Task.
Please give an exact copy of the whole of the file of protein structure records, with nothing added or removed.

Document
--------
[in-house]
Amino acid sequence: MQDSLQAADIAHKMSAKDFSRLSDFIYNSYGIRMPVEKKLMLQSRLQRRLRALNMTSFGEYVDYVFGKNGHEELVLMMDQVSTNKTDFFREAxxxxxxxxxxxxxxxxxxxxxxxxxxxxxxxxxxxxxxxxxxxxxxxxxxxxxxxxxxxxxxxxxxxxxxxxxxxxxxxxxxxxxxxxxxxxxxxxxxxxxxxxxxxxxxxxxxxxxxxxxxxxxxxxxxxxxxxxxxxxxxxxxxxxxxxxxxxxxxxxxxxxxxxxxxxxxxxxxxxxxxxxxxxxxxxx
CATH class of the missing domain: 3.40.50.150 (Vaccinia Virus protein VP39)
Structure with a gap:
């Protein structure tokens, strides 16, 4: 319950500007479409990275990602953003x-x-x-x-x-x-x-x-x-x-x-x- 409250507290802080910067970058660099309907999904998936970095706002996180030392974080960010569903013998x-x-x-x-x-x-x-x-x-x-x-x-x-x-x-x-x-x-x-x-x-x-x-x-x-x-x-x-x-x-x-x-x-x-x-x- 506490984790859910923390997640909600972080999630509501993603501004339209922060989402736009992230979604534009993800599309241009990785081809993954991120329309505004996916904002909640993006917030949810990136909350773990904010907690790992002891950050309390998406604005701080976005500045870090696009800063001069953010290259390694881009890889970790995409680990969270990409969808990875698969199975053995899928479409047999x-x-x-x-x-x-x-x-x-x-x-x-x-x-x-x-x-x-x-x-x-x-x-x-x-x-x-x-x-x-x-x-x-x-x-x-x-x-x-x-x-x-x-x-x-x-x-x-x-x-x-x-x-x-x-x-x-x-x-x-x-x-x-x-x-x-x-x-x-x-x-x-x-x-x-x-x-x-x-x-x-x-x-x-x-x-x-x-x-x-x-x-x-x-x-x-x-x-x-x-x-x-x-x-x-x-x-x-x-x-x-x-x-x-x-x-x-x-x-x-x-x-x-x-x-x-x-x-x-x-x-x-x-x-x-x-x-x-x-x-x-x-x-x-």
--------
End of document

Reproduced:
[in-house]
Amino acid sequence: MQDSLQAADIAHKMSAKDFSRLSDFIYNSYGIRMPVEKKLMLQSRLQRRLRALNMTSFGEYVDYVFGKNGHEELVLMMDQVSTNKTDFFREAxxxxxxxxxxxxxxxxxxxxxxxxxxxxxxxxxxxxxxxxxxxxxxxxxxxxxxxxxxxxxxxxxxxxxxxxxxxxxxxxxxxxxxxxxxxxxxxxxxxxxxxxxxxxxxxxxxxxxxxxxxxxxxxxxxxxxxxxxxxxxxxxxxxxxxxxxxxxxxxxxxxxxxxxxxxxxxxxxxxxxxxxxxxxxxxx
CATH class of the missing domain: 3.40.50.150 (Vaccinia Virus protein VP39)
Structure with a gap:
């Protein structure tokens, strides 16, 4: 319950500007479409990275990602953003x-x-x-x-x-x-x-x-x-x-x-x- 409250507290802080910067970058660099309907999904998936970095706002996180030392974080960010569903013998x-x-x-x-x-x-x-x-x-x-x-x-x-x-x-x-x-x-x-x-x-x-x-x-x-x-x-x-x-x-x-x-x-x-x-x- 506490984790859910923390997640909600972080999630509501993603501004339209922060989402736009992230979604534009993800599309241009990785081809993954991120329309505004996916904002909640993006917030949810990136909350773990904010907690790992002891950050309390998406604005701080976005500045870090696009800063001069953010290259390694881009890889970790995409680990969270990409969808990875698969199975053995899928479409047999x-x-x-x-x-x-x-x-x-x-x-x-x-x-x-x-x-x-x-x-x-x-x-x-x-x-x-x-x-x-x-x-x-x-x-x-x-x-x-x-x-x-x-x-x-x-x-x-x-x-x-x-x-x-x-x-x-x-x-x-x-x-x-x-x-x-x-x-x-x-x-x-x-x-x-x-x-x-x-x-x-x-x-x-x-x-x-x-x-x-x-x-x-x-x-x-x-x-x-x-x-x-x-x-x-x-x-x-x-x-x-x-x-x-x-x-x-x-x-x-x-x-x-x-x-x-x-x-x-x-x-x-x-x-x-x-x-x-x-x-x-x-x-x-």